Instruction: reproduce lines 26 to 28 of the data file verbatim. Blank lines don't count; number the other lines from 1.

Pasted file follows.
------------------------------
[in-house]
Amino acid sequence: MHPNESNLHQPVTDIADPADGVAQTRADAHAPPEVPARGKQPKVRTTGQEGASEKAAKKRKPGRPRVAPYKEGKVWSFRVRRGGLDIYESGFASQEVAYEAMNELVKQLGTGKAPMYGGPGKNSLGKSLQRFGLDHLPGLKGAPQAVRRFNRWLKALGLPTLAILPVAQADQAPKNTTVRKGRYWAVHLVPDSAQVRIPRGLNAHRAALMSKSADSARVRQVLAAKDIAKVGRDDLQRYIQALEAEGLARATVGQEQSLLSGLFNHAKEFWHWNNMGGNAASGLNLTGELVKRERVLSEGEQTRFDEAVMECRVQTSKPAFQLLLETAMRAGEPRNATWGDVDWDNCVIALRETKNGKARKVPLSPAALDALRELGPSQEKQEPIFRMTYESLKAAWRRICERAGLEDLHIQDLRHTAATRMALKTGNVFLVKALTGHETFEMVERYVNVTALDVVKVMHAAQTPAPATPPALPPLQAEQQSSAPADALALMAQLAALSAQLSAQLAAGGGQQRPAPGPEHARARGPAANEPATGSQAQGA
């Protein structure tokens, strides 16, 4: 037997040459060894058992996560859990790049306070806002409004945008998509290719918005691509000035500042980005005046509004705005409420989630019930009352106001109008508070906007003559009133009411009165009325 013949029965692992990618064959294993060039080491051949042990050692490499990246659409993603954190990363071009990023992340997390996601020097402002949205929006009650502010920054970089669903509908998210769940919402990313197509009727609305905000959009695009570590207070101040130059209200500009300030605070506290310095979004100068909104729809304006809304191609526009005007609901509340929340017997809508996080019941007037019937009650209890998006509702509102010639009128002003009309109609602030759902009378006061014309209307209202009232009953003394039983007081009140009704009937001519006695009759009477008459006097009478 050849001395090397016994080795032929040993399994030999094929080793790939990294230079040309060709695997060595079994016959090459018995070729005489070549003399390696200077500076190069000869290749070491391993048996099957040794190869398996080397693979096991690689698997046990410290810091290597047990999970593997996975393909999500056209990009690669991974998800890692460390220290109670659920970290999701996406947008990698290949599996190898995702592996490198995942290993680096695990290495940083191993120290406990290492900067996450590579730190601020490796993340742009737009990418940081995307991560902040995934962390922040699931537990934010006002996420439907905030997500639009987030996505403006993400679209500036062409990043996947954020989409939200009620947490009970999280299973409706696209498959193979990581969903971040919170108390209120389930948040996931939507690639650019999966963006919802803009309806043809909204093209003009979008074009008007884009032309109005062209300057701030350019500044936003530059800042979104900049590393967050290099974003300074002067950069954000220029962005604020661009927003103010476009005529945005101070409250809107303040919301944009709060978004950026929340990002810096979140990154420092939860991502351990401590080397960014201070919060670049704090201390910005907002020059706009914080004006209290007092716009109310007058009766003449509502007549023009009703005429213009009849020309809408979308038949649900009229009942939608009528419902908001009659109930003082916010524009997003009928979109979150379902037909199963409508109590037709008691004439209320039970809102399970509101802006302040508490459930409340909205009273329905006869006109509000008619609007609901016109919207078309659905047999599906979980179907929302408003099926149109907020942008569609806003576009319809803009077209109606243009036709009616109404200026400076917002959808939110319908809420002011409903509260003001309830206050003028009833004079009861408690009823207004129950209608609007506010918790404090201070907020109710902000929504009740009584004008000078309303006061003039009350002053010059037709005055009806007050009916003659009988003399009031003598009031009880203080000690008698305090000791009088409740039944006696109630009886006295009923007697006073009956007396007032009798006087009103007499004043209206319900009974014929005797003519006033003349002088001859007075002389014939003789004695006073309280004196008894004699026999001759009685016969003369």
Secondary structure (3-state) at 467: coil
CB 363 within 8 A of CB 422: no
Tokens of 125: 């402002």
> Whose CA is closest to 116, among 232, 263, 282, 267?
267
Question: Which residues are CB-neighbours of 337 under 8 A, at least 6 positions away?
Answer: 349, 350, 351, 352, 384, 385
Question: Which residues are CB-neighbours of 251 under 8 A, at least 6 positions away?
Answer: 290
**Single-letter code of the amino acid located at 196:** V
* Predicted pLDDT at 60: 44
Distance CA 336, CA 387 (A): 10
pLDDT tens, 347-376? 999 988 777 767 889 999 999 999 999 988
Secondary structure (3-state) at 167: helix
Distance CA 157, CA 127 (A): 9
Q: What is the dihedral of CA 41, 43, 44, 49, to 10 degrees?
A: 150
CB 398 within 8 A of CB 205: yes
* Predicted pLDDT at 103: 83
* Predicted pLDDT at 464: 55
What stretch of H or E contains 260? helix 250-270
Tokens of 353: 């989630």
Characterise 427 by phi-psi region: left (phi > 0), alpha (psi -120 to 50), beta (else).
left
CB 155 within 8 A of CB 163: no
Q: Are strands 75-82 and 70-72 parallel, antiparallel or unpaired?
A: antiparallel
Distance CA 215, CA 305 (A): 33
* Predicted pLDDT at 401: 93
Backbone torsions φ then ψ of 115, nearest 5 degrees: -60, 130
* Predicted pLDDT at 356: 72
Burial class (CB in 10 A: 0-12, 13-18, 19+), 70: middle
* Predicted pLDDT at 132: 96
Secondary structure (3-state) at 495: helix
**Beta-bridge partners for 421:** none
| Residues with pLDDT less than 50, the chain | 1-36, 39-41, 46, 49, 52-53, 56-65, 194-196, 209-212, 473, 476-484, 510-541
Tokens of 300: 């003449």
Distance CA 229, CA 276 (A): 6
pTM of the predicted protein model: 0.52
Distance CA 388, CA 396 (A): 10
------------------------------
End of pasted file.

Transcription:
Characterise 427 by phi-psi region: left (phi > 0), alpha (psi -120 to 50), beta (else).
left
CB 155 within 8 A of CB 163: no